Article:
• Reservoir host - an organism that harbors a pathogen but suffers no ill effects. However, it serves as a source of infection to other species that are susceptible, with important implications for disease control. A single reservoir host may be reinfected several times.BOOK, Aguirre, A. Alonso, Ostfeld, Richard, Daszak, Peter,weblink New Directions in Conservation Medicine: Applied Cases of Ecological Health, Oxford University Press, 2012, 9780199731473, 196,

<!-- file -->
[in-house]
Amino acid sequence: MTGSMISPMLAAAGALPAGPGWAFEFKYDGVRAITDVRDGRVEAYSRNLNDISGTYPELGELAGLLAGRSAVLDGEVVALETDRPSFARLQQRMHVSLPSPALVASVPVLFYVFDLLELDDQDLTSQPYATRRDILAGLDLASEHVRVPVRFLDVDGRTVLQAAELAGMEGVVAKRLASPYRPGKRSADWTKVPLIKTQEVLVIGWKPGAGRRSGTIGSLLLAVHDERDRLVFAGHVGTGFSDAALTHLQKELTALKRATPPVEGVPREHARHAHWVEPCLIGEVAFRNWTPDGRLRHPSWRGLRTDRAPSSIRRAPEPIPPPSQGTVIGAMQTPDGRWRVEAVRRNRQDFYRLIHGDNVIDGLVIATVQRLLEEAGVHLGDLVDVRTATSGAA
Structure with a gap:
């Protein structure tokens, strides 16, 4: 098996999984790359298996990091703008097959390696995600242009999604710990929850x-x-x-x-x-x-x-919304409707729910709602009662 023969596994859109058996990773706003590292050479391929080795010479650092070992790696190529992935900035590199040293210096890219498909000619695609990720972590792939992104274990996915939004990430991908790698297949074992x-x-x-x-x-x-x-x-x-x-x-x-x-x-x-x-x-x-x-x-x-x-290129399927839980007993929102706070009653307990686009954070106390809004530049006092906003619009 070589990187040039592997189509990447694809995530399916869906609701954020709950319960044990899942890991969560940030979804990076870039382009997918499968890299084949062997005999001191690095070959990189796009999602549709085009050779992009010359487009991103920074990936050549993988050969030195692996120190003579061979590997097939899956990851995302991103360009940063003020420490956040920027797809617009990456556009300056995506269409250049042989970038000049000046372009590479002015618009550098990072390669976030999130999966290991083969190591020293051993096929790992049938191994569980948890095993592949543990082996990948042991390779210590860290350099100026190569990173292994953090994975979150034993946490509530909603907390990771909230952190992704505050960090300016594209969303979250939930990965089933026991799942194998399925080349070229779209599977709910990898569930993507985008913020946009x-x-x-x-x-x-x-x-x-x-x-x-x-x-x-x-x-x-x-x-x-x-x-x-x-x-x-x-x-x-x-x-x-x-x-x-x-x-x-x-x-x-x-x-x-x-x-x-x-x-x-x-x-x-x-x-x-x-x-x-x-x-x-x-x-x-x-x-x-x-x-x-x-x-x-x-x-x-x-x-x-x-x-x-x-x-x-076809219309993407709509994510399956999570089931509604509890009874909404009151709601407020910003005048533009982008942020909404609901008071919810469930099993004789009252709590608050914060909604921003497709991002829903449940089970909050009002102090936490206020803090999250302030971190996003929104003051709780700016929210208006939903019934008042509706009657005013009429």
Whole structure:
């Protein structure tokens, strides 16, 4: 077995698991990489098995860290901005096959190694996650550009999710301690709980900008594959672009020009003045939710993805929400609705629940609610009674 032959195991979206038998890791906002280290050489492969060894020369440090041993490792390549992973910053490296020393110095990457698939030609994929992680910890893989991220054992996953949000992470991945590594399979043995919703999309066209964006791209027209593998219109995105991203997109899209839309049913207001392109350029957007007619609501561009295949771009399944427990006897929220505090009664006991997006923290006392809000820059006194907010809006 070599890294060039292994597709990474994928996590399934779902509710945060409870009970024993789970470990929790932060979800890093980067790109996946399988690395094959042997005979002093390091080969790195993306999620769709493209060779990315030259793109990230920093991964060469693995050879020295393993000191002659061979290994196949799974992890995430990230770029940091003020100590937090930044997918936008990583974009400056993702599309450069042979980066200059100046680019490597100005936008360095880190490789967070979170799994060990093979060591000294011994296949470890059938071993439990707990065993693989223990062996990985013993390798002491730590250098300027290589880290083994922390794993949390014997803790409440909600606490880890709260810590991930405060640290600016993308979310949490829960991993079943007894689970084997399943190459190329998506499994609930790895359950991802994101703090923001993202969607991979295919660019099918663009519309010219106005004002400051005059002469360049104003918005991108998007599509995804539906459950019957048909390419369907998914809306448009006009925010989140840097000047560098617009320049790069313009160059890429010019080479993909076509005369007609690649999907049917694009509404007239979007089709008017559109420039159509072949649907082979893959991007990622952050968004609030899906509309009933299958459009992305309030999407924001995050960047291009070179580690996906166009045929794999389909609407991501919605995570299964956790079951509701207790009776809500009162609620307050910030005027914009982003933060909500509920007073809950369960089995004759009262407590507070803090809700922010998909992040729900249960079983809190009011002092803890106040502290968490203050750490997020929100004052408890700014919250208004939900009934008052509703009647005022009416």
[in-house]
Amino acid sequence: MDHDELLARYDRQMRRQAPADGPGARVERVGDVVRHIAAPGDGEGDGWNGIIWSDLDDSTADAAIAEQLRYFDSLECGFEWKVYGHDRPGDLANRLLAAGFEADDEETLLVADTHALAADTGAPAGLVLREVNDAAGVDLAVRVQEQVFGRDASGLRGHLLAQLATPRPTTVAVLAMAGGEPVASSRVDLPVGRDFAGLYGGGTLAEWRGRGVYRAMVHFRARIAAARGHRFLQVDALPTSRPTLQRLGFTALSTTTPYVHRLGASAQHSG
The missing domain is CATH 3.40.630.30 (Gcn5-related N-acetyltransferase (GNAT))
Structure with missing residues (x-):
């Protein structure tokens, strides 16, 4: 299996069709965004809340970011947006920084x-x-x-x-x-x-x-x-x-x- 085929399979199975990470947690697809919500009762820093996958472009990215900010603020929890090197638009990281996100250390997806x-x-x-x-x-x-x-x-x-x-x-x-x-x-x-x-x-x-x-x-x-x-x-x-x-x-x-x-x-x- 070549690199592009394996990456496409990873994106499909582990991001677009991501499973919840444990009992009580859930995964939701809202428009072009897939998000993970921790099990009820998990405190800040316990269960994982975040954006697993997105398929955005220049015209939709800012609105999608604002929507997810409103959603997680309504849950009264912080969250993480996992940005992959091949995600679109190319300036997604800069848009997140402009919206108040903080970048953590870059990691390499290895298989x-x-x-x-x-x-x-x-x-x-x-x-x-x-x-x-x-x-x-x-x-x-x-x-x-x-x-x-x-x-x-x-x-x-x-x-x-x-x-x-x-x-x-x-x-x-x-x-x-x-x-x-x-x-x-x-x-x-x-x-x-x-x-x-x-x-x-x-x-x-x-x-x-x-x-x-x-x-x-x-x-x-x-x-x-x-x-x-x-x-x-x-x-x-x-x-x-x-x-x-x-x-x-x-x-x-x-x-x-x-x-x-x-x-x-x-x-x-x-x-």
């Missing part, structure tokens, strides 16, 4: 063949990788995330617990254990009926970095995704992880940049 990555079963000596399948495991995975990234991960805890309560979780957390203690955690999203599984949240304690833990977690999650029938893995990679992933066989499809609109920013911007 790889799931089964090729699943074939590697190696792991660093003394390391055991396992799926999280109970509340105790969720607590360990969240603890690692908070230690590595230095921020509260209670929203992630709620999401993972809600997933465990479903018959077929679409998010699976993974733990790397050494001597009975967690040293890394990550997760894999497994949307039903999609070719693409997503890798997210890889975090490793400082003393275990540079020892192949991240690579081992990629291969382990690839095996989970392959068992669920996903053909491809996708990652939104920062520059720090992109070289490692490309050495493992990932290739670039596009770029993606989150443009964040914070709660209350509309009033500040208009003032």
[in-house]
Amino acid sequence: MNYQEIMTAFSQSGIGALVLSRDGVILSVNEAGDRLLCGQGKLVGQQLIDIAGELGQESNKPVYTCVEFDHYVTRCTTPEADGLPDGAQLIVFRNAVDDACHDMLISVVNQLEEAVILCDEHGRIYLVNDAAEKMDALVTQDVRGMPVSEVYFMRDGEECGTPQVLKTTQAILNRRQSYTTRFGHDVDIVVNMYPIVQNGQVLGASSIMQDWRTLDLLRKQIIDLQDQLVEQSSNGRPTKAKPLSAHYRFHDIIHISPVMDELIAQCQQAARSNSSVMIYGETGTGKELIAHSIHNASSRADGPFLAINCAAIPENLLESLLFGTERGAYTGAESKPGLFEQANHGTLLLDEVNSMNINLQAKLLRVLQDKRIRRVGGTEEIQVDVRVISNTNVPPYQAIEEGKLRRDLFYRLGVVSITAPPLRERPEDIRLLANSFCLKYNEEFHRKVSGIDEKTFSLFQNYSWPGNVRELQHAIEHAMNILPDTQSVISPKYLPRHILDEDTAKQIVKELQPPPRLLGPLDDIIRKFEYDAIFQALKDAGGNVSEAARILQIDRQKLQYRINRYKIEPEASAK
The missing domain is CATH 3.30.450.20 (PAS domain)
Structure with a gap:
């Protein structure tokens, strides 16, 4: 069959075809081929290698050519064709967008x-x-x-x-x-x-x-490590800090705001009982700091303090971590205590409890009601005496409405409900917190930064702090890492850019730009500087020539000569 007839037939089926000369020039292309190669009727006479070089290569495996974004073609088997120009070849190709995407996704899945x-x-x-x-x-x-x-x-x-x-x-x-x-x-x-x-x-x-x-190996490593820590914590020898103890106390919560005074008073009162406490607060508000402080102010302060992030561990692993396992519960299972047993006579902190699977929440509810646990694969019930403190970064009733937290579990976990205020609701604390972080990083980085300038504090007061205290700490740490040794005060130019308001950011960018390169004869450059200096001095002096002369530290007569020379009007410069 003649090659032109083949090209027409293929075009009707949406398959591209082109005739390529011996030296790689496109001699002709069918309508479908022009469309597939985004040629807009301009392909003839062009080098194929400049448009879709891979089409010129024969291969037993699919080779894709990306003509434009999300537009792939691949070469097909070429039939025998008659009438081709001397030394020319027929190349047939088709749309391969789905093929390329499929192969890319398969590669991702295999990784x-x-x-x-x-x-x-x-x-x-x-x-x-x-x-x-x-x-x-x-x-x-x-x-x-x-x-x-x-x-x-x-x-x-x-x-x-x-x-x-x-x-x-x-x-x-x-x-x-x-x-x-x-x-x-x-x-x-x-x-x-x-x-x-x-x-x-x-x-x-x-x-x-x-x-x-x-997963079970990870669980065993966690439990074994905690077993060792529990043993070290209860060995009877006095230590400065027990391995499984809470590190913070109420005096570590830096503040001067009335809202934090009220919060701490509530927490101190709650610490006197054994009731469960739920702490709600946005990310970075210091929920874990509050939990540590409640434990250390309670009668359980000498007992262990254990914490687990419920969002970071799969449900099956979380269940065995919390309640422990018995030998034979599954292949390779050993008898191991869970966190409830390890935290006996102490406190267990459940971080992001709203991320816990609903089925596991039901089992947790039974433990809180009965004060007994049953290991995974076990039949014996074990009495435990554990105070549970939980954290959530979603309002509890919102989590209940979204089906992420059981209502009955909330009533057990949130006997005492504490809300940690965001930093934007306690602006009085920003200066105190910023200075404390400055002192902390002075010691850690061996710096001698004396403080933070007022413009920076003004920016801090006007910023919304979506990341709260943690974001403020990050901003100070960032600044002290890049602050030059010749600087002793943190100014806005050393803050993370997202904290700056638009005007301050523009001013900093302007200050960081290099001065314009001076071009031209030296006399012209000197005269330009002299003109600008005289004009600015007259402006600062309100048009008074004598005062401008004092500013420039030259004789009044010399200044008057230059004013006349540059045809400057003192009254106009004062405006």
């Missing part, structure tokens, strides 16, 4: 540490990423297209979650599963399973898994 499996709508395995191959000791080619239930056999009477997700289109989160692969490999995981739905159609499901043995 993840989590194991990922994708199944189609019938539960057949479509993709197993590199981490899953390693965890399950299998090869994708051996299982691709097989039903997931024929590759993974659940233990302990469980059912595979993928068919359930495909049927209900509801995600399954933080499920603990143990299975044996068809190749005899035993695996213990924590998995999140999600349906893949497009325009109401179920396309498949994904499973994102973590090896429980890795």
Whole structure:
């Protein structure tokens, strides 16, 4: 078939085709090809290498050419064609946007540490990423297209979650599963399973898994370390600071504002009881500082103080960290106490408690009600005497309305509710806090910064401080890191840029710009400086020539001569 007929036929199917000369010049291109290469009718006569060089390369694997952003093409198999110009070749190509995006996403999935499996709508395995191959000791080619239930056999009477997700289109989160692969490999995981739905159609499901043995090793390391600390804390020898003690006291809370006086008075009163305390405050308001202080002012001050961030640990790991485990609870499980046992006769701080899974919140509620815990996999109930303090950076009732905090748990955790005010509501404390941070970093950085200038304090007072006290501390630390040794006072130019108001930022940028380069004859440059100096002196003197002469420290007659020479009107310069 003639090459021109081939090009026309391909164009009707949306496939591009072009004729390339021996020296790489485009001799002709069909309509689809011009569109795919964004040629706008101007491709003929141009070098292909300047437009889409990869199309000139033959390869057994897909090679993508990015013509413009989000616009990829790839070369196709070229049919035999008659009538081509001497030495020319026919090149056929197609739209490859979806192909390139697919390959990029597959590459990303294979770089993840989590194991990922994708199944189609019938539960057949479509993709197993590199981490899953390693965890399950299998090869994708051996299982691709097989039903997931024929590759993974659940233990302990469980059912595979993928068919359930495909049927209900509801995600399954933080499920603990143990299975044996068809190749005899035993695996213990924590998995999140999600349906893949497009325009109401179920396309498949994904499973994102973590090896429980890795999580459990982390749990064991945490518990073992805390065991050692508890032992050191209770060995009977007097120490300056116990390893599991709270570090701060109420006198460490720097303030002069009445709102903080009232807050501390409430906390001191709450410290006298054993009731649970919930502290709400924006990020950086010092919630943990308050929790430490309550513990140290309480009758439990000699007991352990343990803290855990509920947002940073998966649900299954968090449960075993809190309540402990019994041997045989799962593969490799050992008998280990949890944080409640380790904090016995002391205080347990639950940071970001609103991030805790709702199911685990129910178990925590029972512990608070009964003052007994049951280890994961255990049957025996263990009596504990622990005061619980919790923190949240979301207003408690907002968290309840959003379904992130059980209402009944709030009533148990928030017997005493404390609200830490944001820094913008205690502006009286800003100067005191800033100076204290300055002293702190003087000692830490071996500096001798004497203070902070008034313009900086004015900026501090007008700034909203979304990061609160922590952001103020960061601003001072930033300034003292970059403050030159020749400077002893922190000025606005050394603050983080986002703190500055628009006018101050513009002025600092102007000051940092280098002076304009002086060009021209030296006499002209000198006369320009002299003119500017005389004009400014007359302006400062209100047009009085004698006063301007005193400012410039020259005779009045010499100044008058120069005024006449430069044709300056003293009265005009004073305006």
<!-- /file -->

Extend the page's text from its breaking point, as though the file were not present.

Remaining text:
Plant hosts of micropredators